GPCFB Nutrition Policy

When staff at Greater Pittsburgh Community Food Bank began our efforts to improve the nutritional quality of the food we distribute, we developed a policy to support and guide our efforts.  This policy is for purchased food only as that is the product category over which we had the most control, and for which we could make a strong argument for the use of the Food Bank’s funds.  The policy was a key to our success.

To present our arguments for improving the nutrient quality of our food, we developed the following ‘white paper’ in 2003.  It was presented to the Food Bank’s executive team, and with their approval to the Board of Directors.  Once we had the policy in place we were able to use the Choose Healthy Options Program to dramatically increase the distribution of healthy food.

Development of a NutritionPolicy

The Greater Pittsburgh Community Food Bank (GPCFB) has recently undertaken an important initiative that will bring healthier food options to its consumers.  This document describes the rationale for this initiative, as well as details its policy and procedural changes.

 Background & Rationale

In the 1980’s the need for “emergency food” skyrocketed because of the poor economy and the cutting of the safety net by the Reagan Administration.  At that time GPCFB did an excellent job of marshalling quantities of food – through food drives, donations from the food industry and more –to fill the empty cupboards of people in need.

Twenty years later this food “emergency” has evolved into a chronic food shortage for approximately 10% of the Allegheny County population who depend on help from the Food Bank over months or years.  When people need food bank food for only a few months of their lifetime, quality is less important than quantity. When it becomes a consistent need, year after year, the issue of food quality must be addressed.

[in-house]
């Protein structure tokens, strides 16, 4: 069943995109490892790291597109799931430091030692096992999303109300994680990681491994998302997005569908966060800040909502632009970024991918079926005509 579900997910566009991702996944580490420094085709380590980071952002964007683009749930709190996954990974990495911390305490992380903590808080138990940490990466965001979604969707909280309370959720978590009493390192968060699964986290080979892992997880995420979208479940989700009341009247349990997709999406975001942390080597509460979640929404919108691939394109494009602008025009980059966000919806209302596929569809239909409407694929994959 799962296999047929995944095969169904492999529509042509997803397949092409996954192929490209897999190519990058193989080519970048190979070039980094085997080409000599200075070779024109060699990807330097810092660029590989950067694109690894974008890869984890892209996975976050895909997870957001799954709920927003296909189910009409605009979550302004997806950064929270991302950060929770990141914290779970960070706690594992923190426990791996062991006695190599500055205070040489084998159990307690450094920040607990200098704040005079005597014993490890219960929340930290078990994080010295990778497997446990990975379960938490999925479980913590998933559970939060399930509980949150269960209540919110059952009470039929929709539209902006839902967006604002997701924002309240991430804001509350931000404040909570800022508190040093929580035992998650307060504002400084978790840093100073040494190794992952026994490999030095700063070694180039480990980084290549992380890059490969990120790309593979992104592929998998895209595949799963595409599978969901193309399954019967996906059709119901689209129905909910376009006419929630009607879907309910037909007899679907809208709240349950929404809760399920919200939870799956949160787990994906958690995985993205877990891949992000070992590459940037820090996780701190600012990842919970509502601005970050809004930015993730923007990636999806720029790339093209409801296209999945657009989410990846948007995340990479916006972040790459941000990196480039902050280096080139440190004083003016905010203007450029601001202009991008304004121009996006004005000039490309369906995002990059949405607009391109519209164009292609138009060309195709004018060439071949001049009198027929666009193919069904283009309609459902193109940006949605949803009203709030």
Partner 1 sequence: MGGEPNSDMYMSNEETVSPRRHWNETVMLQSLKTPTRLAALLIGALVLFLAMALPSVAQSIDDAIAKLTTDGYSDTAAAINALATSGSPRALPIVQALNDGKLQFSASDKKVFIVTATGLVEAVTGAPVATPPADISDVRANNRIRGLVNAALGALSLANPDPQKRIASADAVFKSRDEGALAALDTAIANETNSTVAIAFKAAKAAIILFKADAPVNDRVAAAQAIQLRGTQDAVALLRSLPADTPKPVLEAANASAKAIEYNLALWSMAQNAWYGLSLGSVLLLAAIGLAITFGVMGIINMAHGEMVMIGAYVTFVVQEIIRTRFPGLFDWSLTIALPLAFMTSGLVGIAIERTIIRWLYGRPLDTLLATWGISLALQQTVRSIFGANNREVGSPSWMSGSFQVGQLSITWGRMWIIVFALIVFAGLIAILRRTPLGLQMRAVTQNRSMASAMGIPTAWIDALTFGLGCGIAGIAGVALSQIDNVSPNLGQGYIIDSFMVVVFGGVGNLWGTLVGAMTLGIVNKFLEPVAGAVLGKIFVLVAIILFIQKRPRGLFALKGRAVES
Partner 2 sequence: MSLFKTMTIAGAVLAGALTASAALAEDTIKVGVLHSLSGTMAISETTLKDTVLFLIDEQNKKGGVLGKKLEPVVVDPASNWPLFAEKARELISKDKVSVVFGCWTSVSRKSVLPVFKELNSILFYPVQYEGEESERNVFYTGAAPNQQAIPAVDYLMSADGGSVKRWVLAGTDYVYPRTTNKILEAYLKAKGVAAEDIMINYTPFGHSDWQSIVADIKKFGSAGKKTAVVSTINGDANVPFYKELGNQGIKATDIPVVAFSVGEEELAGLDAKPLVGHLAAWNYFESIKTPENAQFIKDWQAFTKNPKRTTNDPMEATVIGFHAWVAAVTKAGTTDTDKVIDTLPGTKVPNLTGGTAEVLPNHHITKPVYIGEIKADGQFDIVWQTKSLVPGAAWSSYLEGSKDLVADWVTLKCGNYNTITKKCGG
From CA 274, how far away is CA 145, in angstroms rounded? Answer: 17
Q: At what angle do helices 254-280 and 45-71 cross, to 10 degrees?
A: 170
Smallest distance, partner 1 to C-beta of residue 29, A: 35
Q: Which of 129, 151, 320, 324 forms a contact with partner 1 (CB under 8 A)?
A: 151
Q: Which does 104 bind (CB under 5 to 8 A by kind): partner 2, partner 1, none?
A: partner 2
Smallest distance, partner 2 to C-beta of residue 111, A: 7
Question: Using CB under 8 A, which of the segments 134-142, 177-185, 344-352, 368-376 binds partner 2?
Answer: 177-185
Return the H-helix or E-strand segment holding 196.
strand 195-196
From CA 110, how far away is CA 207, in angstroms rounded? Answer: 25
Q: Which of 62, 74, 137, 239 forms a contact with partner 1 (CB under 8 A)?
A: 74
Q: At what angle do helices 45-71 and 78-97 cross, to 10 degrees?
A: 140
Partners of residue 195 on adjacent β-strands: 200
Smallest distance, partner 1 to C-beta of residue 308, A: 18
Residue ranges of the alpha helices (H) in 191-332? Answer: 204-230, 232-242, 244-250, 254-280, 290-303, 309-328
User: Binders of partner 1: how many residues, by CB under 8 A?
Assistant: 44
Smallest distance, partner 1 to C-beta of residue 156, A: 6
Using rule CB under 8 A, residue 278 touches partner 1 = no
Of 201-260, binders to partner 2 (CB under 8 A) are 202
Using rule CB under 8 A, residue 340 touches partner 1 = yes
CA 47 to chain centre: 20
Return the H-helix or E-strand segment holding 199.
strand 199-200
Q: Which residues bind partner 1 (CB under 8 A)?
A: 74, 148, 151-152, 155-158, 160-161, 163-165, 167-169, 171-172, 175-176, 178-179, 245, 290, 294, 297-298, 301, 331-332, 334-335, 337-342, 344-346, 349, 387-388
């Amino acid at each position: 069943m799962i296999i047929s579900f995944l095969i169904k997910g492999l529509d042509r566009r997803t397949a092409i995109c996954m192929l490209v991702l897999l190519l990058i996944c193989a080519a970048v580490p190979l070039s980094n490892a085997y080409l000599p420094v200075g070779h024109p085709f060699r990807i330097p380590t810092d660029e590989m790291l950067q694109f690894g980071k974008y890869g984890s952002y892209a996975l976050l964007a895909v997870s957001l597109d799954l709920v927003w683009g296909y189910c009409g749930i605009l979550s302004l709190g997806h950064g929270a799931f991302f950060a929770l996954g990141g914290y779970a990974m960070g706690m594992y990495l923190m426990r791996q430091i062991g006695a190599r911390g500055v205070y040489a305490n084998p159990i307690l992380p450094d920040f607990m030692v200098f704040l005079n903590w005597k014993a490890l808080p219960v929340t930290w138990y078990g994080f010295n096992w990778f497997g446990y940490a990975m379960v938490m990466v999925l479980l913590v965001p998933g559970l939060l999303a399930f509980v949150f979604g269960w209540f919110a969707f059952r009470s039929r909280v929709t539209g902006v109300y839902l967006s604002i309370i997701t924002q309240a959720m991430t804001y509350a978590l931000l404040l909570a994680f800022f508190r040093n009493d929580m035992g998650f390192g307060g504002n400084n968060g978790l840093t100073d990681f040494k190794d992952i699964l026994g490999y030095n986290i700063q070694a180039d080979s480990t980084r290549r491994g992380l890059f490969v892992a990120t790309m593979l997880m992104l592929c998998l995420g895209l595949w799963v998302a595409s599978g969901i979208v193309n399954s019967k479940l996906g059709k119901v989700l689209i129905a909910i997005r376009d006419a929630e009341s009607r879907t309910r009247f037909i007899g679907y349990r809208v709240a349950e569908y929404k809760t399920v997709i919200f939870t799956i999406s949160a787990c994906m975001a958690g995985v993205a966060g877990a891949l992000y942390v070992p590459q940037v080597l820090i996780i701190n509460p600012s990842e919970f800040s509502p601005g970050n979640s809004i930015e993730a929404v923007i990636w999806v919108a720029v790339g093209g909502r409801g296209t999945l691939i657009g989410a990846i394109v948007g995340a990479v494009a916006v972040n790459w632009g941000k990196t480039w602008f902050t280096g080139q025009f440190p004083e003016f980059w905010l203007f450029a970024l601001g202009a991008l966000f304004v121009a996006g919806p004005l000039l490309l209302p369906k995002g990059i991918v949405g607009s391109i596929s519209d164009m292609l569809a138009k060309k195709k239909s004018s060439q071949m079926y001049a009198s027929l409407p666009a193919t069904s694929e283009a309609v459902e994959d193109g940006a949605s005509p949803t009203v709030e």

In 2001  GPCFB commissioned a study to assess the needs of this new long-term consumer group as part of its nutrition programming.  The study found that 25% of African-American clients had high blood pressure and more than 25% of African-American clients had arthritis.  25% of Caucasian clients over the age of 59 had high cholesterol.  We know that a high quality diet is important for controlling high blood pressure, high cholesterol and diabetes, and that weight loss can lower blood pressure and cholesterol and decrease the pain of arthritis.  Our clients are perceptive about their needs as well: 40% to 50% reported wanting to learn how to reduce salt and fat intake, reduce blood cholesterol levels and increase fiber, calcium and iron intakes.  90% of the clients said they were willing to try new foods.

It is also important to note that about 33% of Food Bank clients are children.   Over 23% of WIC children (under 5 years old) in Allegheny County who are enrolled have obesity risk factors.  In adults and children the highest rates of obesity are in the low-income population.   Being overweight is a major risk factor for heart disease, diabetes and some cancers.  We are now seeing more overweight teens who have already developed “adult” diseases like type 2 diabetes, high blood pressure and high cholesterol.  Being overweight with diabetes in one’s teens increases the risk for a heart attack, failing vision or amputations during one’s thirties.